One of my favorite books that I dip into again and again for new things and new “heads” to try on is Mark Nepo’s THE BOOK OF AWAKENING:  Having the Life You Want By Being Present to the Life You Have.

Nepo took 14 years to write the book after coming out the other side of cancer.  They are his beautiful musings about life and loving and being heartful.

The book was published in 2000 and has since gone all over the world, being translated into 20 languages and over two dozen printings.  It is a wondrous place to put your head if you are wondering what else you could try.

Go on…give these things a shot!  Who knows what you might make?

[An update:  Since I wrote this, my young friend has fallen in love with the logistics and geometries of tree-trimming and arborial gymnastics lugging chainsaws and other loud tools, as well as the shaping and tending of lovely old trees and the beauty of wood. We were able to point him towards a mentor — a semi-retired old-style logger dude who was extraordinary in his day.  It’s all good….]

Here’s a poem:




It just keeps going like that:

Erect a new idea and float it –

One more flying castle in the sky –

Then run-run-run to lasso the thing

And anchor it to the ground.


Work your buns off making it come real,

Then watch it crumple one more time

And dodge those stupid falling rocks

Coming down all around you.


The wise ones call it a treadmill, ya know.

I think I’m starting to get it.

That hamster in his cage has nothin’ on me except

The squeaky wheel’s starting to irritate the heck out of me,

And he just keeps on truckin’.



Tell me again, babe:
You are doing this…WHY?


Where’d I park my Millenium Falcon?

There has GOT to be a better way to do this.


Ya know…

I think I figured out why I don’t write novels.

I’m not a storyteller, it seems.

My timelines fall apart and nothing makes any sense.

It does not come together.


I guess I wasn’t born to write stories.


I’m just doomed to live them.


by Netta Kanoho

Header Photo credit:  West Maui Mountain Sunrise by Mike via Flickr [CC BY-SA 2.0]



(Click on each of the post titles below and see where it takes you….)


Thanks for your visit.  I’d appreciate it if you’d drop a comment or note below and tell me your thoughts….






30 thoughts on “TRY SOMETHING ELSE

  1. Before I was working as a waiter in a good company with a promising salary but now I’m quit and start to build a website. I wish someday I could write an inspiring book. Most of the time I got inspired by some brilliant writers. I want to take my part also to inspire others. Now I’m still learning a lot to improve my writing skill. Thank you for bring out the topic to try something else.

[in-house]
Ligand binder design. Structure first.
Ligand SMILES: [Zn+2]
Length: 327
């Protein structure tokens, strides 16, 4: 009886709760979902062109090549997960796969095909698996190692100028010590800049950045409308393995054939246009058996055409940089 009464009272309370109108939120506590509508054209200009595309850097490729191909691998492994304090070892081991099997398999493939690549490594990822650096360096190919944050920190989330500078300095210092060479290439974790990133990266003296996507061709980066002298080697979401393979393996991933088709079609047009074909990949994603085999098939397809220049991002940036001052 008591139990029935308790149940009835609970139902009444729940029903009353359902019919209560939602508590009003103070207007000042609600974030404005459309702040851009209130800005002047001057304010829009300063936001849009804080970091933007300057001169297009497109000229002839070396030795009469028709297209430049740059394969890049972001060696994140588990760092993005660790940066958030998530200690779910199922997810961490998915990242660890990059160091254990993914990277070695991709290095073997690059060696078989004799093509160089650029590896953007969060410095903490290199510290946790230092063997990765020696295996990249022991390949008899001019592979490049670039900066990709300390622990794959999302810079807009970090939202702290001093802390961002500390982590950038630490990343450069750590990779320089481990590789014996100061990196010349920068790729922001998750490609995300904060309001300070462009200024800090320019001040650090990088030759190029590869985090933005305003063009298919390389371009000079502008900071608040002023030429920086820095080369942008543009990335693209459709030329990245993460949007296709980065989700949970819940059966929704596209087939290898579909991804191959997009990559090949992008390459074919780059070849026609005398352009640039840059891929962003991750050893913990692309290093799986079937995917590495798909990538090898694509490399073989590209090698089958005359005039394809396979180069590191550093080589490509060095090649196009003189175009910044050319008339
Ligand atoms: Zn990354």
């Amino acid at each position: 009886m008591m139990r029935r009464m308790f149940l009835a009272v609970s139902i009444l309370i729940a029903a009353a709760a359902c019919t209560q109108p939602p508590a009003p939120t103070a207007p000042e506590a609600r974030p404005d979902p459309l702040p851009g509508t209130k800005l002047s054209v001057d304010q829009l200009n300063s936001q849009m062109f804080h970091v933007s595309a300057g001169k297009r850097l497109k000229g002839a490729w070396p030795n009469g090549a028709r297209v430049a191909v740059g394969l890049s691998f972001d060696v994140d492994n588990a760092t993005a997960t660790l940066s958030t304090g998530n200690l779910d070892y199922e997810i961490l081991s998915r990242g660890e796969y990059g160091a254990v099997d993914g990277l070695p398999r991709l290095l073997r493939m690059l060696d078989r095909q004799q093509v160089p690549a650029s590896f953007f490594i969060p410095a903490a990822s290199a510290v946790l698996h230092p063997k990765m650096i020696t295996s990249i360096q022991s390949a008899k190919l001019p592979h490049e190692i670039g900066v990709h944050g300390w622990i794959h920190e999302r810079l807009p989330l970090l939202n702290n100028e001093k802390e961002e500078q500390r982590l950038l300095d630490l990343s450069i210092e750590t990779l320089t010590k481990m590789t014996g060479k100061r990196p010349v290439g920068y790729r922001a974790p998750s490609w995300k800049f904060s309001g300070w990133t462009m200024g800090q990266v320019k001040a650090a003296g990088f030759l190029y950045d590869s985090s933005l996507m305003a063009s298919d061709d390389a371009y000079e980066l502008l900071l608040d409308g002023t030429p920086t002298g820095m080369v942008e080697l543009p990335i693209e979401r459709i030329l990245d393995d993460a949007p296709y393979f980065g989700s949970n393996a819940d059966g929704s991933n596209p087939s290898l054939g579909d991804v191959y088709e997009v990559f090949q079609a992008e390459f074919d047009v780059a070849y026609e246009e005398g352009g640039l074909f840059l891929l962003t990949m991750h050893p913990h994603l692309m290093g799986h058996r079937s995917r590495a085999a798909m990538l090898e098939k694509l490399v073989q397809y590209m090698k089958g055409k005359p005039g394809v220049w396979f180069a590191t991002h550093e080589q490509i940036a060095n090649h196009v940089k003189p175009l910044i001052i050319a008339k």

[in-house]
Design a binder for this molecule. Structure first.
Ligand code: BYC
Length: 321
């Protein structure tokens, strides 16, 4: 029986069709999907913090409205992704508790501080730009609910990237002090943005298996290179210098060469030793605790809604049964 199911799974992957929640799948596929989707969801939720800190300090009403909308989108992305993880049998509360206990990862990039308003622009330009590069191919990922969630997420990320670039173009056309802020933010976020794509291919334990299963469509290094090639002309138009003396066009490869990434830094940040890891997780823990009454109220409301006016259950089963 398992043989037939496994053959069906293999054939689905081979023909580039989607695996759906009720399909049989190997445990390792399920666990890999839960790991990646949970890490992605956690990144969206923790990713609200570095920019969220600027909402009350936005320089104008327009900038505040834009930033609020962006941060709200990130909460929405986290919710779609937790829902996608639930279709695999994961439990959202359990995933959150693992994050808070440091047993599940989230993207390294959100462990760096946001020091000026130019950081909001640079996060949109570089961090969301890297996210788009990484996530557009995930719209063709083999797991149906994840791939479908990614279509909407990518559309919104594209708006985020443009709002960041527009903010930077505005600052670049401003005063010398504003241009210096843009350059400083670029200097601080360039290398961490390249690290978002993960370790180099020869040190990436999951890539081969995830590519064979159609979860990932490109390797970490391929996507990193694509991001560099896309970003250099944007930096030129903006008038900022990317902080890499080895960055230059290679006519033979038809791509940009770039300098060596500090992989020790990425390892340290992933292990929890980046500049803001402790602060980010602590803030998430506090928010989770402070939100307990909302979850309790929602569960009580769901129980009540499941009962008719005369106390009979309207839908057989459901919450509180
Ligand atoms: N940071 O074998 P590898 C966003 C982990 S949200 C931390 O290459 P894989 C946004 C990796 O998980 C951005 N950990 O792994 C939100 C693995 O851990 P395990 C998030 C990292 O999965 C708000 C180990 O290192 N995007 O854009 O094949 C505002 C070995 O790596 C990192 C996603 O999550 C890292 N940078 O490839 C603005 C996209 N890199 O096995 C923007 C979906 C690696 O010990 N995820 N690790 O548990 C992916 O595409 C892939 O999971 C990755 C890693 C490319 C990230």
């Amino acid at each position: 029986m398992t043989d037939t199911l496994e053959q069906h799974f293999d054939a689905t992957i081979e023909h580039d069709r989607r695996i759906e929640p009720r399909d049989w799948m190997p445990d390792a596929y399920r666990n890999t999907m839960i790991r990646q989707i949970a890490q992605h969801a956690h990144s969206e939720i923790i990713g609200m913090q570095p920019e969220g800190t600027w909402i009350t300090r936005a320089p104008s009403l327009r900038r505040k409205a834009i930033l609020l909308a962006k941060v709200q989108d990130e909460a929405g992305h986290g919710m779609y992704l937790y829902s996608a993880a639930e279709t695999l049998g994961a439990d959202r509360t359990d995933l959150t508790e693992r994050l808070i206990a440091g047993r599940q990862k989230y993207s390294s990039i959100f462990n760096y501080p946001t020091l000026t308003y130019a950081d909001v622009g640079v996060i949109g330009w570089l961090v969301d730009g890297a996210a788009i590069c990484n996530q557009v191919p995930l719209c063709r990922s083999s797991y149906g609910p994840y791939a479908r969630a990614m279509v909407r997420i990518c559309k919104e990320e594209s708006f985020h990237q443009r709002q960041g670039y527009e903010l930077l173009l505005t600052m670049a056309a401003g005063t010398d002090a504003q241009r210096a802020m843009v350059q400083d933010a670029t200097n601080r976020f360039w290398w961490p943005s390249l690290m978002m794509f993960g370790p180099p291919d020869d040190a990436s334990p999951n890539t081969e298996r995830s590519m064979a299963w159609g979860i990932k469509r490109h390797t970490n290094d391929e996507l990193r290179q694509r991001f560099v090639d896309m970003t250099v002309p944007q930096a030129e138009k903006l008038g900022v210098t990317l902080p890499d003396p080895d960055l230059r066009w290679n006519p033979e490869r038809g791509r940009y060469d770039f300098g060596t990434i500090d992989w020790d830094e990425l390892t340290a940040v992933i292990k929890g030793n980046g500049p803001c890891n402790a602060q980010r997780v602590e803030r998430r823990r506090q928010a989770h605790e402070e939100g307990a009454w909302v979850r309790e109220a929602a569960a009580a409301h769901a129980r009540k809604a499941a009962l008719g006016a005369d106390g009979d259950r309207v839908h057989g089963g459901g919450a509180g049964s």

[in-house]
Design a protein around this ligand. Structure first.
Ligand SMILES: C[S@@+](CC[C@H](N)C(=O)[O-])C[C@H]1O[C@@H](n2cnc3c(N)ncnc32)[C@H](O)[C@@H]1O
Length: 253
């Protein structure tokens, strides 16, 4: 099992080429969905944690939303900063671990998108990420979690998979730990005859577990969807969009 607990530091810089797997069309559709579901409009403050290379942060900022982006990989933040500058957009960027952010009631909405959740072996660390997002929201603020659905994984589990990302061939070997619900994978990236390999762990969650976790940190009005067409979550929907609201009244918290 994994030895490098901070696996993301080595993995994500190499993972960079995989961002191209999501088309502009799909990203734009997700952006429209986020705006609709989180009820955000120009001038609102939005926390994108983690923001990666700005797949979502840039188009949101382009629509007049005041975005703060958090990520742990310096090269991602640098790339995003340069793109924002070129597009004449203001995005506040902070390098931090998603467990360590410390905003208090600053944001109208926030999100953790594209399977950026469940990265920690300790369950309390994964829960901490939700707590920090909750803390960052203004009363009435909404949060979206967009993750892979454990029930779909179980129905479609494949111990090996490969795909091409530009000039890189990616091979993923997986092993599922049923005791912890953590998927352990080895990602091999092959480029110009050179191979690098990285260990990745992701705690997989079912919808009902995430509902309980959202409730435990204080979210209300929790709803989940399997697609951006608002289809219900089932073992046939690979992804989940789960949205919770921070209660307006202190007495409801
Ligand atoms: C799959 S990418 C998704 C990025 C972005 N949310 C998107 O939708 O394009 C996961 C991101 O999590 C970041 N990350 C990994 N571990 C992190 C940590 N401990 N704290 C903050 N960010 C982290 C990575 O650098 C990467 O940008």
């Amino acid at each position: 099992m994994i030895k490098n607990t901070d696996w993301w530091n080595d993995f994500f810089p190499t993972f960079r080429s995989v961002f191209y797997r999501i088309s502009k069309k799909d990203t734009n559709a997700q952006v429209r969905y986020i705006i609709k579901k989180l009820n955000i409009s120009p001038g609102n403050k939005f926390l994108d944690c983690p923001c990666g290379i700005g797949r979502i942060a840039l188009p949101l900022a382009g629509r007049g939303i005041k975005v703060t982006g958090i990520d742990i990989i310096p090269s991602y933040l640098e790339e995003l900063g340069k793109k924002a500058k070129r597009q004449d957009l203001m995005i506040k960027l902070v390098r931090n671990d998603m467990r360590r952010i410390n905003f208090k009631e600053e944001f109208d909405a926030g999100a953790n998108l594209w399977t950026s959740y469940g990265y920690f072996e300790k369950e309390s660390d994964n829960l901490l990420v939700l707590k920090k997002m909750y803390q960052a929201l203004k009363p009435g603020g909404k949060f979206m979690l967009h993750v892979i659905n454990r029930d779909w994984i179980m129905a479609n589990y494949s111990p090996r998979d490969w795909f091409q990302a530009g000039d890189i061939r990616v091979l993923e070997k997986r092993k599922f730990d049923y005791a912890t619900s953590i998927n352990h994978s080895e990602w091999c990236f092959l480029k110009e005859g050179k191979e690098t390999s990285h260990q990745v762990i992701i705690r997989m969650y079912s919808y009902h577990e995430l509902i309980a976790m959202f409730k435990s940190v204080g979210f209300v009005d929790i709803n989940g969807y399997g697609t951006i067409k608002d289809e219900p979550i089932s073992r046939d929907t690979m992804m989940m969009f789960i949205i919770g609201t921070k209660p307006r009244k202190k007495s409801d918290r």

1. Hey, Satria: Thank you for the visit and for sharing your story. I do appreciate it. Please do come again.

  2. I think it is very wise to try new things. Unfortunately from a young age, we start to learn that if we don’t follow other people and do the things they do we will stand out and be made fun of. Kids can be very mean to one another when someone ventures off the path. If you don’t fit in, you will be left out in the cold so to speak.

    I really like the idea of trying something new for 30 days. It takes time to build a habit and find out if something new will fit with your life.

    You have a very inspirational way of writing and communicating your ideas. Great post!

    1. Hey Jen: Thank you for your visit and your comments. I do appreciate them. Please do come again….

  3. What a GREAT article. I so enjoyed it and especially the two videos. I’m definitely inspired to take the 30 day challenge. Sounds wonderful.
    I was also inspired to buy the Mark Nepo book.
    Just a delightful oasis, this post and this author.
    I wish there were more poets/authors like this.

    1. Hey W. Tucker: Thank you for the visit and your comments. I hope you enjoy Mark Nepo’s book. I found it very inspiring. Please do come again….